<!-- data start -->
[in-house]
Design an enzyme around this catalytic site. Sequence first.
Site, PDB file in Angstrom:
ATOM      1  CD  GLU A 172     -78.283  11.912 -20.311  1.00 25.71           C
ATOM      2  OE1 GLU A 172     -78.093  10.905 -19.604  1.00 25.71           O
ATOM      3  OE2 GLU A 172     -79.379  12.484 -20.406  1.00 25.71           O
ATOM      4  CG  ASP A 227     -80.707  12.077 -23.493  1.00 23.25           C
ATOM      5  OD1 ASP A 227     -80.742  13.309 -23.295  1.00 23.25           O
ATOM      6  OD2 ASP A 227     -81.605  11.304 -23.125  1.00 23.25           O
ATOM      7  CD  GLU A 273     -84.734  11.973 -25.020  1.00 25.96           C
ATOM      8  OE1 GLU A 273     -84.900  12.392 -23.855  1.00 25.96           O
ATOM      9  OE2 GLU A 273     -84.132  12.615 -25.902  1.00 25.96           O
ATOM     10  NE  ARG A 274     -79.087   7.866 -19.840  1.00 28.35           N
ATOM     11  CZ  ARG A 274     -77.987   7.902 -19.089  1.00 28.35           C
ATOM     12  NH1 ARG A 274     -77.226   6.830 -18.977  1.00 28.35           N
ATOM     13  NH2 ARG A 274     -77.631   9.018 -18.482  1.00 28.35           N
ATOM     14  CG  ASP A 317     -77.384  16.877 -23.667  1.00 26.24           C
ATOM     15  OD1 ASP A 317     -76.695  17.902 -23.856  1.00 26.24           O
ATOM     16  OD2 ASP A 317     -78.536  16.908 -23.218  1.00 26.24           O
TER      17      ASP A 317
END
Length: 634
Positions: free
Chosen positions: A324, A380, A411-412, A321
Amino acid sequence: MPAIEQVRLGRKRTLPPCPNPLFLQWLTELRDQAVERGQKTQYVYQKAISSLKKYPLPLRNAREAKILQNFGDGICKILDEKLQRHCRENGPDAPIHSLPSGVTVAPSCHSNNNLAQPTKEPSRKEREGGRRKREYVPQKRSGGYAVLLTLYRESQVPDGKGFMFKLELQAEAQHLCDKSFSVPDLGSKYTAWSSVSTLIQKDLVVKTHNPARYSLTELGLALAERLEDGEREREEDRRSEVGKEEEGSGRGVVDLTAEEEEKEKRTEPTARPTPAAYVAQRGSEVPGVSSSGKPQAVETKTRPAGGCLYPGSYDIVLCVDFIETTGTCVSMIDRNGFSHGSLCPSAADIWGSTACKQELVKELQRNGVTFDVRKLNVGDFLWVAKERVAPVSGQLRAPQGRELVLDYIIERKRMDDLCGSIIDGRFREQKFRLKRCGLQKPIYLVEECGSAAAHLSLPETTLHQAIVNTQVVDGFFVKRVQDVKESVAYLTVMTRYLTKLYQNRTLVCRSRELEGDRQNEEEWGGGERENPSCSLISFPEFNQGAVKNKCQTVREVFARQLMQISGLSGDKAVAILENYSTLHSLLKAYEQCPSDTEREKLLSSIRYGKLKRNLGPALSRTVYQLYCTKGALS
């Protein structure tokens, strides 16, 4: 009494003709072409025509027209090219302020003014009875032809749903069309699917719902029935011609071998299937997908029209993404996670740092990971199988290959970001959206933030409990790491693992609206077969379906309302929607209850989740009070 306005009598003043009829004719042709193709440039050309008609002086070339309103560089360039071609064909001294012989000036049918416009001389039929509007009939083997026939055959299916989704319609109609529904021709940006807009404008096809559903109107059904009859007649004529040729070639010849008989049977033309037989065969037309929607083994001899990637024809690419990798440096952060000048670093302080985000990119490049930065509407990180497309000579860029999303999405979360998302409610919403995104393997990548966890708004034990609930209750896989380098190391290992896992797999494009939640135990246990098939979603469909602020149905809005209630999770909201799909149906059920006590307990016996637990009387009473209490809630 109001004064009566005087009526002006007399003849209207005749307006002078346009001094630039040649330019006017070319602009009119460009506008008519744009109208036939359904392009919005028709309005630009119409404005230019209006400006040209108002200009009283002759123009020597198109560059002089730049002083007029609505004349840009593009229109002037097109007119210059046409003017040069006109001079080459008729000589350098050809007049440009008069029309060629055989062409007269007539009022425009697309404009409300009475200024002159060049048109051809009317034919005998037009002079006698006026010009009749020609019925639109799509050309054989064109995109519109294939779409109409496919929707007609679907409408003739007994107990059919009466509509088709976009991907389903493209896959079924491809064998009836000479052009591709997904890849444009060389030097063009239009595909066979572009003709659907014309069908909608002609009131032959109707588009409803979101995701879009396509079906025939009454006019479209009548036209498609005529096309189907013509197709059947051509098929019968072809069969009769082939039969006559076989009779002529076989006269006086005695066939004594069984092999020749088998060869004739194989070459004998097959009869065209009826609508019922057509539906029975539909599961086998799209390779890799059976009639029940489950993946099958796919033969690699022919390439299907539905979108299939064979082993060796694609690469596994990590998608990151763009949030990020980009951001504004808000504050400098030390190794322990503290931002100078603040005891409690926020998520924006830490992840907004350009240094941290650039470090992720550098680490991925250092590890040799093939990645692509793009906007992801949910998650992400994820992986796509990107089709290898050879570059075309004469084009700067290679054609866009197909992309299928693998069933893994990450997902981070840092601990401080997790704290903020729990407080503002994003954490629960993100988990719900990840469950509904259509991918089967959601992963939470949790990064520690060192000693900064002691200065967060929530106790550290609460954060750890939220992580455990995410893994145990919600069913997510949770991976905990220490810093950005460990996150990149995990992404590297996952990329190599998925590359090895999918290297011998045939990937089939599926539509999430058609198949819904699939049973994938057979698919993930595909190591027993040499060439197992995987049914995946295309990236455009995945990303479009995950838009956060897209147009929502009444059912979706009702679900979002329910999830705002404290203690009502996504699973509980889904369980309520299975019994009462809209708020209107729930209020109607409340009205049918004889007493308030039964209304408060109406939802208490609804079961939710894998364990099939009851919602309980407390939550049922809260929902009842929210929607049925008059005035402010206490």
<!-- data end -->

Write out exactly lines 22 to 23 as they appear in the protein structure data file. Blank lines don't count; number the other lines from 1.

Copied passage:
Length: 634
Positions: free